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Lesson Plan:


For Teachers: Featuring Science

Type: Webquest
Subjects: Science, English Language Arts
Grades: Grades 6-8
Duration: 3 to 5 lessons
Purpose: To examine the nature of scientific inquiry and discovery
Summary: Using a variety of web-based resources, students will write a newspaper article that illustrates how the discovery of insulin by Banting and Best is an example of the true nature of scientific discovery and inquiry.

Introduction

Are you a scientist? Do you believe that all scientists work in a lab, are male, wear glasses and a lab coat, and are surrounded by millions of dollars of equipment? Probably not. These are not the conditions in which Charles Best and Frederick Banting were working when they discovered insulin. So what is common to all scientific inquiry? Scientists always follow a scientific method, have a well-formulated hypothesis, and work through their experiment in a linear fashion. If they're lucky, there is also a "eureka" moment when they are done.

The Task

Present the following situation to students:


The local newspaper has seconded your research team to write a newspaper article that illustrates how the discovery of insulin by Banting and Best is an example of the true nature of scientific discovery and inquiry. Some questions that you may use to guide you in your research are:

Under what conditions did Banting and Best work?

Were Banting and Best research scientists?

What type of financial support did Banting and Best receive for their work?

Were their results welcomed, unquestioned, by the scientific community?

Did people believe and trust their results?

Each group will produce a newspaper article that addresses how the discovery of insulin is an example of the true nature of scientific inquiry and discovery.

The Process

Students will begin by researching the nature of scientific inquiry and discovery. To do this, they will look at the way scientists work, what a scientist looks like, who is a scientist, and what procedures or methods scientists follow in their discovery. They can start their search with the topic Chasing a Cure for Diabetes on the CBC Digital Archives website the clips titled:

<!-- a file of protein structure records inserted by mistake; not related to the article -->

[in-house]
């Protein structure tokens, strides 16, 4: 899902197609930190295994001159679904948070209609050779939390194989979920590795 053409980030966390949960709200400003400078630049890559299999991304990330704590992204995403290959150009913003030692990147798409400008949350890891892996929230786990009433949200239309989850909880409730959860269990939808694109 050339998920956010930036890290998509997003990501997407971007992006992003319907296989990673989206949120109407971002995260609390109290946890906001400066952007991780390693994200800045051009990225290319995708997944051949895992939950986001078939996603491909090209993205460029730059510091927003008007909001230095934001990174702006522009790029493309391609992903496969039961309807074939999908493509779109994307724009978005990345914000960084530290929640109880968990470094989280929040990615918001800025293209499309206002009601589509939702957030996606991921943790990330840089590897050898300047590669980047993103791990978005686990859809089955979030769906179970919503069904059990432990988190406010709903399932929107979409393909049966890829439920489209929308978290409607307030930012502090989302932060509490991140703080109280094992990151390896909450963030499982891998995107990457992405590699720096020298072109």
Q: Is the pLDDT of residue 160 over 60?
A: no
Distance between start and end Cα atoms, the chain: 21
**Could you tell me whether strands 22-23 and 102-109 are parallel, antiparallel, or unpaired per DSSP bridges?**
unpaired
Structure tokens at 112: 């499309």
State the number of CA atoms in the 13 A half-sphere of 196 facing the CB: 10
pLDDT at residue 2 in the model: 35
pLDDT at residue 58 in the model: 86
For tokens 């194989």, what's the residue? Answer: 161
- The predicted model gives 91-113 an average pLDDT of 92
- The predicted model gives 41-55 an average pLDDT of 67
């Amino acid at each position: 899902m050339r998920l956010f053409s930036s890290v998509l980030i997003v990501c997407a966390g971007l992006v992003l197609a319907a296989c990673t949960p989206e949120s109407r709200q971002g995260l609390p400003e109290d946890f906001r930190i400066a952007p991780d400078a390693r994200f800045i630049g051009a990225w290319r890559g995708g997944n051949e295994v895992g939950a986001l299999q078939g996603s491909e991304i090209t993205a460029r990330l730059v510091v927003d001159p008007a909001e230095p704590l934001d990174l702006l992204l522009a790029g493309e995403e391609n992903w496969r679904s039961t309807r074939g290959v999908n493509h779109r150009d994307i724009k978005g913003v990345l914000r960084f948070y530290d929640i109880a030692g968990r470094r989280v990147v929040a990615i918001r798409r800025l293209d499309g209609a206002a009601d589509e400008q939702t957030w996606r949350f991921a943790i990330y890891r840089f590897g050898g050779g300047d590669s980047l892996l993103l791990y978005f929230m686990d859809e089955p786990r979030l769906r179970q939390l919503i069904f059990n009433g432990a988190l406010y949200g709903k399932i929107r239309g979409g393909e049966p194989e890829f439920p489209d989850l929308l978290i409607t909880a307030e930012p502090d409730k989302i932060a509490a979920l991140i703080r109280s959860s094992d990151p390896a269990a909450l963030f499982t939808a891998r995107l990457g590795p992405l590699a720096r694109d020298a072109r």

"Banting and Best develop the 'miracle drug'", "Egos and ownership", "Remembering Charles Best", "The long life of Ted Ryder...", "Brawls and bust-ups in the Banting and Best lab," "The Biography of Frederick Banting," and "Scientist, national hero, father - Frederick Banting".

Students will view the material from different perspectives. One student will research the way scientists work (scientific methodology). A second group member will look at who scientists are and what they look like. A third group member will research the tentative nature of scientific discovery, while a fourth group member gathers information on financial support for scientific discovery.

Students can expand their research to include other online sources. Remind them to examine the information from the perspective of the role they are assuming. Caution students to evaluate any of the sites they are viewing as some sites may have their own agenda; therefore the information provided may be skewed to perpetuate a cause or opinion.

Once students have gathered the information, they should present it to their group. Within the group, students must come to a consensus regarding the position they will take in their newspaper article. As a group, they can write their article.

Conclusion

Students will present their newspaper article to the class, who will represent the general public. Students should be prepared to ask and answer questions.

Assessment Tip
Assess students on the accuracy of the information presented in their article and for the appropriateness of how they compare the nature of scientific inquiry as it is often portrayed with how it actually occurred in the Banting/Best story.